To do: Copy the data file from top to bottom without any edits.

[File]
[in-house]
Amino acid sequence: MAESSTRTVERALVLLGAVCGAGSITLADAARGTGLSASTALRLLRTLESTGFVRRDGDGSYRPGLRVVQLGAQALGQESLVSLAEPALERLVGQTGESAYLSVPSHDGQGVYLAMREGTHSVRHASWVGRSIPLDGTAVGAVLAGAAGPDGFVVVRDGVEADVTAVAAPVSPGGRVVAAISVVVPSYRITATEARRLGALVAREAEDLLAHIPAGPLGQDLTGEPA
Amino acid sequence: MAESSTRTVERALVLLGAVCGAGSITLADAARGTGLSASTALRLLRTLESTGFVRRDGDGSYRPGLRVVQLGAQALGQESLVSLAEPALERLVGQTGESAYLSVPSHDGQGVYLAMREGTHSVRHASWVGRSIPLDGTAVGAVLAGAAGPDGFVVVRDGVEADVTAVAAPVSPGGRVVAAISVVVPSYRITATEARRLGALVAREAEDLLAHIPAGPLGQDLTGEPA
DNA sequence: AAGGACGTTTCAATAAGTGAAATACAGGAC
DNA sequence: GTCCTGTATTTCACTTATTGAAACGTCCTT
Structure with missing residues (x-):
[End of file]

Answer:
[in-house]
Amino acid sequence: MAESSTRTVERALVLLGAVCGAGSITLADAARGTGLSASTALRLLRTLESTGFVRRDGDGSYRPGLRVVQLGAQALGQESLVSLAEPALERLVGQTGESAYLSVPSHDGQGVYLAMREGTHSVRHASWVGRSIPLDGTAVGAVLAGAAGPDGFVVVRDGVEADVTAVAAPVSPGGRVVAAISVVVPSYRITATEARRLGALVAREAEDLLAHIPAGPLGQDLTGEPA
Amino acid sequence: MAESSTRTVERALVLLGAVCGAGSITLADAARGTGLSASTALRLLRTLESTGFVRRDGDGSYRPGLRVVQLGAQALGQESLVSLAEPALERLVGQTGESAYLSVPSHDGQGVYLAMREGTHSVRHASWVGRSIPLDGTAVGAVLAGAAGPDGFVVVRDGVEADVTAVAAPVSPGGRVVAAISVVVPSYRITATEARRLGALVAREAEDLLAHIPAGPLGQDLTGEPA
DNA sequence: AAGGACGTTTCAATAAGTGAAATACAGGAC
DNA sequence: GTCCTGTATTTCACTTATTGAAACGTCCTT
Structure with missing residues (x-):